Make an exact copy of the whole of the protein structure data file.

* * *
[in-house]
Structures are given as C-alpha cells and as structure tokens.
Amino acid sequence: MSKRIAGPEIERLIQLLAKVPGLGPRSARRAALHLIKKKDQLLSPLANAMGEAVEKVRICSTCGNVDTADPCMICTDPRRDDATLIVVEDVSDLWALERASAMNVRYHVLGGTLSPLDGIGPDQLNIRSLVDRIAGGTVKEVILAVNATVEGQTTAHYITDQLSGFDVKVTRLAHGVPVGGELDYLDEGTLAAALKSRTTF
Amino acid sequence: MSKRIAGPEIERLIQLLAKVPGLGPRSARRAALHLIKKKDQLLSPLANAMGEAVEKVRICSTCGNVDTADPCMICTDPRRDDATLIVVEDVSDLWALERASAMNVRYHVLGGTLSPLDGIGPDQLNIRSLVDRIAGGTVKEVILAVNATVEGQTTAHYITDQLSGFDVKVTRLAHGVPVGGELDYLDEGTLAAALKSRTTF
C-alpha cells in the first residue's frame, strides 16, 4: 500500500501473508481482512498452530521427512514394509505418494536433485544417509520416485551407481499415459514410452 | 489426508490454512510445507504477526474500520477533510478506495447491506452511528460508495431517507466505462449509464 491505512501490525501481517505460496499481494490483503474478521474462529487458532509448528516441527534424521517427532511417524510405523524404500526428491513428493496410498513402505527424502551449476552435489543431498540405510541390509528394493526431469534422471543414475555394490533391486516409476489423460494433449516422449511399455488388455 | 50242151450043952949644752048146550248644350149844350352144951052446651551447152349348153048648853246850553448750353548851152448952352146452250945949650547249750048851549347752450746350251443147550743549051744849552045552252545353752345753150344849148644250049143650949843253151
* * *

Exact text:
[in-house]
Structures are given as C-alpha cells and as structure tokens.
Amino acid sequence: MSKRIAGPEIERLIQLLAKVPGLGPRSARRAALHLIKKKDQLLSPLANAMGEAVEKVRICSTCGNVDTADPCMICTDPRRDDATLIVVEDVSDLWALERASAMNVRYHVLGGTLSPLDGIGPDQLNIRSLVDRIAGGTVKEVILAVNATVEGQTTAHYITDQLSGFDVKVTRLAHGVPVGGELDYLDEGTLAAALKSRTTF
Amino acid sequence: MSKRIAGPEIERLIQLLAKVPGLGPRSARRAALHLIKKKDQLLSPLANAMGEAVEKVRICSTCGNVDTADPCMICTDPRRDDATLIVVEDVSDLWALERASAMNVRYHVLGGTLSPLDGIGPDQLNIRSLVDRIAGGTVKEVILAVNATVEGQTTAHYITDQLSGFDVKVTRLAHGVPVGGELDYLDEGTLAAALKSRTTF
C-alpha cells in the first residue's frame, strides 16, 4: 500500500501473508481482512498452530521427512514394509505418494536433485544417509520416485551407481499415459514410452 | 489426508490454512510445507504477526474500520477533510478506495447491506452511528460508495431517507466505462449509464 491505512501490525501481517505460496499481494490483503474478521474462529487458532509448528516441527534424521517427532511417524510405523524404500526428491513428493496410498513402505527424502551449476552435489543431498540405510541390509528394493526431469534422471543414475555394490533391486516409476489423460494433449516422449511399455488388455 | 50242151450043952949644752048146550248644350149844350352144951052446651551447152349348153048648853246850553448750353548851152448952352146452250945949650547249750048851549347752450746350251443147550743549051744849552045552252545353752345753150344849148644250049143650949843253151